*Someone I once knew happened to rape the whole graphic novel medium by having his characters do little more than talk to each other for the length of the comic, while lounging around.  Mediocre art aside, one particular excruciating page had 16 FACES of back and forth conversation depicting indiscernable facial expression changes, and just their heads. It is called a ‘graphic novel’ for a reason, for heaven’s sake!

Thank goodness that one is not indicative of all graphic novels.  There are quite a few which had no words at all, but the story couldn’t be more brilliantly clearer because the action in the artwork conveyed the entire thrust.  Talk about your “show, don’t tell”!

The Opal Necklace

Anyone whose done any creative writing at all has most assuredly had the old “Show, don’t tell” beat into their skulls by well-meaning instructors.  Nothing wrong with the phrase, and, in fact, it works.  What they usually don’t extrapolate is the “How” part of that showing without simply telling.

I have discovered my method of “How” and it’s very simple.  I ask myself, about everything I describe, how does it make me feel?  (And by me I mean that I filter it first through me, then through the character whose point of view I’m using for the scene.)  Each of us has a plethora of experiences, and quite a few of us like to share these memories, good or bad, with one another.  Look at social media entries on sites like Facebook* -most everyone is more interested in telling us how they feel about something rather than exactly what occurred there: “Having a great time!”  Or the opposite – your car breaks down in a dark neighborhood.  It’s not just the broken streetlamps, or the sound of rats scurrying in the trash littering the alleyways.  These things help to build the tone, but its the reaction to them which holds power, especially in fiction.

Most of our most poignant memories elicit a memory of the FEELING of being in it, rather than a second-by-second replay of events.  The latter would be horrifyingly droll.  The former is what brings others into the moment.  We may not have exactly the same experience, but every human being on this planet shares the same set of emotions, whether they show it or not.  (Or misdirect it.  Some really creepy villains stem from those who absolutely LOVE things the rest of us find abhorrent, but to them it is love.)

This is insanely useful in fiction, as it brings the human element into what is essentially a foreign world (fantasy and science fiction are notorious for high-level play-by-plays of the scenes.)  It allows the reader to sense the world rather than reading what it’s all about.

For example:

The sun crested in the noonday sky, baking everything below.

Consul Norrus felt uncomfortable in his breastplate and leather armor, and cursed.

 

This one rates a “meh” on the description meter.  Barely.

But now I take it to a personal level:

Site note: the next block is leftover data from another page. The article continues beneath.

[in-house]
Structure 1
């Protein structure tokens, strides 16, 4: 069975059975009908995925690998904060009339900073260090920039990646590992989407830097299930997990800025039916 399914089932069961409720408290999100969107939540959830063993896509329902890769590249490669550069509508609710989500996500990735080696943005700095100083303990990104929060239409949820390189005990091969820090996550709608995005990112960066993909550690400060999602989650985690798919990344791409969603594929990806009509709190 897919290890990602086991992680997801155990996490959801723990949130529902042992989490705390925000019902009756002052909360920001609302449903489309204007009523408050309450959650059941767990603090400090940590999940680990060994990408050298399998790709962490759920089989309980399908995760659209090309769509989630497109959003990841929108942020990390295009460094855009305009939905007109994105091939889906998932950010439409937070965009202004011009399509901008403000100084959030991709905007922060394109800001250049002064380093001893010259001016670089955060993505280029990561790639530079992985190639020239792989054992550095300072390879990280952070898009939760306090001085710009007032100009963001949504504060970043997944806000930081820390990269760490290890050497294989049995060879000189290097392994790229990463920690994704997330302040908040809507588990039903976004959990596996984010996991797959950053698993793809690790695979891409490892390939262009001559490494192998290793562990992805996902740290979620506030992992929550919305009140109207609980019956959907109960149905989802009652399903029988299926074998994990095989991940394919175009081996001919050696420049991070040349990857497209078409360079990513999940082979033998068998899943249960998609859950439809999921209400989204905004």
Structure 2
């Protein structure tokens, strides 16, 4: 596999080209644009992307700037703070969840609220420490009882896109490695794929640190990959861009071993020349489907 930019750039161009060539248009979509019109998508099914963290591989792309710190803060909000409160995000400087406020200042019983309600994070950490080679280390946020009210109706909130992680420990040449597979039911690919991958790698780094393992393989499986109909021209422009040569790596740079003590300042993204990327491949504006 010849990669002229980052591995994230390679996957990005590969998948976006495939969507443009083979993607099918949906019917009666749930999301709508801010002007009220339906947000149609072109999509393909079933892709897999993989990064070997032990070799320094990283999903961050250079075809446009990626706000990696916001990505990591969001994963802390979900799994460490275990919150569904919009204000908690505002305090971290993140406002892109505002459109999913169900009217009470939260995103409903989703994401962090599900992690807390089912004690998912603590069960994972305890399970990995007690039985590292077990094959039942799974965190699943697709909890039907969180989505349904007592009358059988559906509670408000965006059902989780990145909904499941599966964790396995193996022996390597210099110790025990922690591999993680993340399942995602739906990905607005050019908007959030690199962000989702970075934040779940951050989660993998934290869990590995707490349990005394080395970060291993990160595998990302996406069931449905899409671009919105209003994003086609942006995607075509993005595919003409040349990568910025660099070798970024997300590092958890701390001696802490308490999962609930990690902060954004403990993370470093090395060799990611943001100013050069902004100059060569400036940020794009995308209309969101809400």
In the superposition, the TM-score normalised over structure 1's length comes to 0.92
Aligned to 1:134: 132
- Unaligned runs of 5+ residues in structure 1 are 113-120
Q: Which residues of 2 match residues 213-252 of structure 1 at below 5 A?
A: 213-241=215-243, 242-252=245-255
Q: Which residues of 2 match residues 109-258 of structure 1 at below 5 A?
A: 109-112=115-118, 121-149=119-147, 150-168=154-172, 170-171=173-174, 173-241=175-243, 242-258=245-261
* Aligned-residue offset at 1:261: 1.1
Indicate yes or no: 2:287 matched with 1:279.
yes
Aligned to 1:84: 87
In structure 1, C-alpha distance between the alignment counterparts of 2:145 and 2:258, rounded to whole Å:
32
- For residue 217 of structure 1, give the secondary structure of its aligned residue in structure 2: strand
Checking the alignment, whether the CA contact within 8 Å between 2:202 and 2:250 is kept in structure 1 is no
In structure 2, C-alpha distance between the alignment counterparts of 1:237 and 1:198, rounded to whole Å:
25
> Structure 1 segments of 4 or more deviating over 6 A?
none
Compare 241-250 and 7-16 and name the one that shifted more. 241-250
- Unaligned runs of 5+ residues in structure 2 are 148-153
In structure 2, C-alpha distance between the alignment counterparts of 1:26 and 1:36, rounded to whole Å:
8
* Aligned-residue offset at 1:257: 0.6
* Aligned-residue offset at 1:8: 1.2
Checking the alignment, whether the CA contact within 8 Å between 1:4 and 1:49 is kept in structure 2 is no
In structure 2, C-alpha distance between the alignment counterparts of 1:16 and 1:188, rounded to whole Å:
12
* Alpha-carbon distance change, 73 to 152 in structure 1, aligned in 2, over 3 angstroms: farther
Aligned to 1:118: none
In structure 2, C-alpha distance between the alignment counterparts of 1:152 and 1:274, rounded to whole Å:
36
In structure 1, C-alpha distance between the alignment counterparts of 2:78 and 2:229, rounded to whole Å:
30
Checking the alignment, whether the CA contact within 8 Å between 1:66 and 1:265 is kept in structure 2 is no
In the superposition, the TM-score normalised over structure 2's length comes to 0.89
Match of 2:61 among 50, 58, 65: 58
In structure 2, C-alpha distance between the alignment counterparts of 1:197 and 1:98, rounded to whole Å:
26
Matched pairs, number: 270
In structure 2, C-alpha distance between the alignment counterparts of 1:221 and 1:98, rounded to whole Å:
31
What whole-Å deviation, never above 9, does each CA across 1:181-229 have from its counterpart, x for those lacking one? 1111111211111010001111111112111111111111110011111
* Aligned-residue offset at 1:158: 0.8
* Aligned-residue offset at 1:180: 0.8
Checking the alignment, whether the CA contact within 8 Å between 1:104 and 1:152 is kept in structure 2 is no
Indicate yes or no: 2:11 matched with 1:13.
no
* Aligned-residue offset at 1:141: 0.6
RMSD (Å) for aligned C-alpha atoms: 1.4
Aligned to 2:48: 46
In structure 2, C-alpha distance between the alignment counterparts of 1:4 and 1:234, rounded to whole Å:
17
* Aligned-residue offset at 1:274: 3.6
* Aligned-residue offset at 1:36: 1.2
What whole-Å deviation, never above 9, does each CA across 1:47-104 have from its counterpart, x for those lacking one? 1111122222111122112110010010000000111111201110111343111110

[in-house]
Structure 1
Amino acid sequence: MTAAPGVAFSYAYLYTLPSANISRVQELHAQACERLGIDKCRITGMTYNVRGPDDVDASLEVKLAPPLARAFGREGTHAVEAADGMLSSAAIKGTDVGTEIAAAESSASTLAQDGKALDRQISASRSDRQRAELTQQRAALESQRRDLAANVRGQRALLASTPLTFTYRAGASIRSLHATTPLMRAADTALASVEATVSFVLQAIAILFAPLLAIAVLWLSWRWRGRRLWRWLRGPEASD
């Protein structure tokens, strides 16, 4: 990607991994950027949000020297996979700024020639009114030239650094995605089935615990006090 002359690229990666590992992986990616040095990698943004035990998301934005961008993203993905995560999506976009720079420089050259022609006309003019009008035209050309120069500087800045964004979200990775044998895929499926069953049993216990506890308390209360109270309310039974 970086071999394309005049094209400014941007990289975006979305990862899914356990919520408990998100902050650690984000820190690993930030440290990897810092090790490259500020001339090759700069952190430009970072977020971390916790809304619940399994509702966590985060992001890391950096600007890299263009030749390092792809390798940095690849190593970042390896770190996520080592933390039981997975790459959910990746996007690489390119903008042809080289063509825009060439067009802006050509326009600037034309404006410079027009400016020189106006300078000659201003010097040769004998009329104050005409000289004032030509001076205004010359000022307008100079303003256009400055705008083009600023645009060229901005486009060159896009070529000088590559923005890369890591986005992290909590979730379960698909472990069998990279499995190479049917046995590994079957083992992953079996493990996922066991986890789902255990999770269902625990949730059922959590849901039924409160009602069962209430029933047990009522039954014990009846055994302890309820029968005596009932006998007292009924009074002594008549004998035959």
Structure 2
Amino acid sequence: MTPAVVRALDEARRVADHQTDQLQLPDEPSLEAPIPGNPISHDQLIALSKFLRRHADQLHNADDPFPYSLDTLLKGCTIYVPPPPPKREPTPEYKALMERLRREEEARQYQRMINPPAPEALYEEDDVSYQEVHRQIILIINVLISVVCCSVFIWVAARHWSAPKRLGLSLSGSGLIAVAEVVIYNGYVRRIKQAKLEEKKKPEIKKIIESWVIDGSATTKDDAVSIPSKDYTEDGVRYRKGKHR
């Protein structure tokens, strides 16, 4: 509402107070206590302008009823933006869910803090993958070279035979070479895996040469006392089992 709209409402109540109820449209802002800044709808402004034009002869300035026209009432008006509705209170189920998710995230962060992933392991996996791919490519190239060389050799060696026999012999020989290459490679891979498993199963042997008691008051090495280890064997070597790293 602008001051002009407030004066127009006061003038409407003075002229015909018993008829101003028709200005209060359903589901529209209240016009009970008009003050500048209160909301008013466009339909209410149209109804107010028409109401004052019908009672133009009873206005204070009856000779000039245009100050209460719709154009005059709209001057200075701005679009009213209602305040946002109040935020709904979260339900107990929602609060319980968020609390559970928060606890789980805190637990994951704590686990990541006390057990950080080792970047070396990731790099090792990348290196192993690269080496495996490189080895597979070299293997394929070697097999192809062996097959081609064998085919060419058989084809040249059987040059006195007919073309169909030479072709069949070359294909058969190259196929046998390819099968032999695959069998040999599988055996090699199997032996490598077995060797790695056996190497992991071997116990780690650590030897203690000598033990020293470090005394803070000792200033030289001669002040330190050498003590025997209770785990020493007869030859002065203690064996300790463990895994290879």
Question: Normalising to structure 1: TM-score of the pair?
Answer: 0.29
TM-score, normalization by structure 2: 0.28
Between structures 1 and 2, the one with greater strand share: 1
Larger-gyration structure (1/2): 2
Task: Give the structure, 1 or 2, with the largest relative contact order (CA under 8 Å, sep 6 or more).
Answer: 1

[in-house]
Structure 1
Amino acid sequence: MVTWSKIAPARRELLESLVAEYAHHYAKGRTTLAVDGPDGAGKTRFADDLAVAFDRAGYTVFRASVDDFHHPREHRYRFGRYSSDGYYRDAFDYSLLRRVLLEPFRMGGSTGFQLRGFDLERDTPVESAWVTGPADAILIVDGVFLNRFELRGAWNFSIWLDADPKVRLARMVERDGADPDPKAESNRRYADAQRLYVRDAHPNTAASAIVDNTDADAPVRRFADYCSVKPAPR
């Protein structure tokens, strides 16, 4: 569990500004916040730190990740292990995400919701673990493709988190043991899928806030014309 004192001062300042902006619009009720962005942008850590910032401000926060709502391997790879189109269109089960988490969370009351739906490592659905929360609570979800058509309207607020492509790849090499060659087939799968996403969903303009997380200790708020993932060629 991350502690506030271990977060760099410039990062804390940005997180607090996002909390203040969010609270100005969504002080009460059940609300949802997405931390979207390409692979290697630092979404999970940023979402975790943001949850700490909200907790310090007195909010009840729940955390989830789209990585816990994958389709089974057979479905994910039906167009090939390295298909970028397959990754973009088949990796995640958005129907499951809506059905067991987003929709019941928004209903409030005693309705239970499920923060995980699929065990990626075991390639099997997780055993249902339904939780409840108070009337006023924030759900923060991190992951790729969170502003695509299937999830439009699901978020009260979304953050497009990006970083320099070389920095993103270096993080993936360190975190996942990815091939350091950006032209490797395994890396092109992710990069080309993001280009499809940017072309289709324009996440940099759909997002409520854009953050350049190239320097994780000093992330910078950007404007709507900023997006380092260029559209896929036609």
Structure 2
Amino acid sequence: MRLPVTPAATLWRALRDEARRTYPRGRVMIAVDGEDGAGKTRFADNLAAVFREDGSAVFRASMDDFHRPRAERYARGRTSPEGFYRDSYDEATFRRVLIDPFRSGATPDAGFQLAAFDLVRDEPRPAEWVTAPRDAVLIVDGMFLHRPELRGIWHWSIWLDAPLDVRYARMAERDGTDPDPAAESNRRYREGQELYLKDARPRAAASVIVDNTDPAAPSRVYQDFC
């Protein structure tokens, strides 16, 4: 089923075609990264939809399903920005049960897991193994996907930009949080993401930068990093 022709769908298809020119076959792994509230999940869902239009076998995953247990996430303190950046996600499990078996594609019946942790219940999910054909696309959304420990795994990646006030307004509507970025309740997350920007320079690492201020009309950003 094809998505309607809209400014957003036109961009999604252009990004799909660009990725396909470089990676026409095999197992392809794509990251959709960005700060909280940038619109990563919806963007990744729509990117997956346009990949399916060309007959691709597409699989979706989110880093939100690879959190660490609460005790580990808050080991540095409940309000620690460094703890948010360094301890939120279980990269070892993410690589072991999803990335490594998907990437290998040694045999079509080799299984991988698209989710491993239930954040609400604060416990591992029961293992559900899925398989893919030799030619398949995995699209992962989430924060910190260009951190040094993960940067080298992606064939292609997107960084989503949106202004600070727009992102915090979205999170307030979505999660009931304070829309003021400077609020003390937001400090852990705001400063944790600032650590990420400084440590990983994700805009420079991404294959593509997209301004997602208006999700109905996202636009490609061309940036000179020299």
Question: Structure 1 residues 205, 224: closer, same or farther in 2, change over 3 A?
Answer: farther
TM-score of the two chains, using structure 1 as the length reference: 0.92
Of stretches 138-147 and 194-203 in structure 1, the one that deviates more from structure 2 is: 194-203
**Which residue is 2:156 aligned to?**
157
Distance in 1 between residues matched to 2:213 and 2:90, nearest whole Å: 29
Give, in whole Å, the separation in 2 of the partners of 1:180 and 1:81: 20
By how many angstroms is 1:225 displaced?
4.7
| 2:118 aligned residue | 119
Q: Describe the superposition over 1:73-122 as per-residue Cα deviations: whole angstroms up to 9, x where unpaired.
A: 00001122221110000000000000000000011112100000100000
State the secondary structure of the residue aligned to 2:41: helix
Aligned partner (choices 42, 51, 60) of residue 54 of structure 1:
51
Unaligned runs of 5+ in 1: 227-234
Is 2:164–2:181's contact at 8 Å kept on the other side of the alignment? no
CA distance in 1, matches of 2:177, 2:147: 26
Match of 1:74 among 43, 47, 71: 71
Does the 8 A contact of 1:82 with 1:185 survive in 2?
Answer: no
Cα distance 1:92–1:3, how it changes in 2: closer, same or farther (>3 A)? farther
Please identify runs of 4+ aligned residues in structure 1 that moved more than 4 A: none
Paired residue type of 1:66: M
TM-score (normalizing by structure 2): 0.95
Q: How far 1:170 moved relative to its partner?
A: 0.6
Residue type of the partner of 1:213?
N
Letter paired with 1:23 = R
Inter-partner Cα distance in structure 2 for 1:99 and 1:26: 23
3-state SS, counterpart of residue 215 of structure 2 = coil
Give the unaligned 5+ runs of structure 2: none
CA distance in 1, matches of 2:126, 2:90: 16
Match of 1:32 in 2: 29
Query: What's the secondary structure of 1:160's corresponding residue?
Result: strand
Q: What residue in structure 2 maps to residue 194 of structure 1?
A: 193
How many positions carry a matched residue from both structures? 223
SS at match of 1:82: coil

Consul Norrus mopped at the sweat on his forehead and squinted at the scorching noonday sun.  His breastplate absorbed the heat, cooking him in the

ridiculous accoutrement his title forced him to wear, and he prayed some small crisis erupted requiring his presence erupted, preferably somewhere with plenty of shade.

 

Now I get a sense of not only of the heat of the day, of Norrus’ discomfort with the armor, but also his feelings about some of the necessities of his position.  This makes him a human –how many of us have been forced to wear something uncomfortable just to satisfy some obligation of our profession or duty?  This brings us closer to him as a person, either as someone we like (which I hope in this case you, dear Reader, will, as Consul Norrus will be showing up as a protagonist in The Opal Necklace) or someone you despise.

Of course, there are plenty of scenes in stories which have character, no point-of-view, right?  Wrong.  An omniscient narrator point-of-view falls very flat without a tone, without a reaction to the course of events they are narrating.  Otherwise, it’s once again just a narration, and probably worthy of setting the book aside.

I want to make my reader sense the scene rather than simply read it.

 

* Or don’t. I won’t necessarily advocate it, because I’m not a fan myself, but it has its uses.

 

 

Clones are People Two The Opal Necklace

 

CLONES ARE PEOPLE TWO is on the virtual shelves, at least on Smashwords and Amazon.  Others will be added shortly.

Now that CLONES is out, I have another story which I’ve been planning for NaNoWriMo.  It’s the same basic premise as the novel I had done two years ago for that same organization, but a lot more thought has gone into it, and a whole other subplot which necessitates a major re-write.  I also am planning to have this thing published some time early next year so I can get started on the second Umbra novel.  Please note that this is a “working cover” for The Opal Necklace.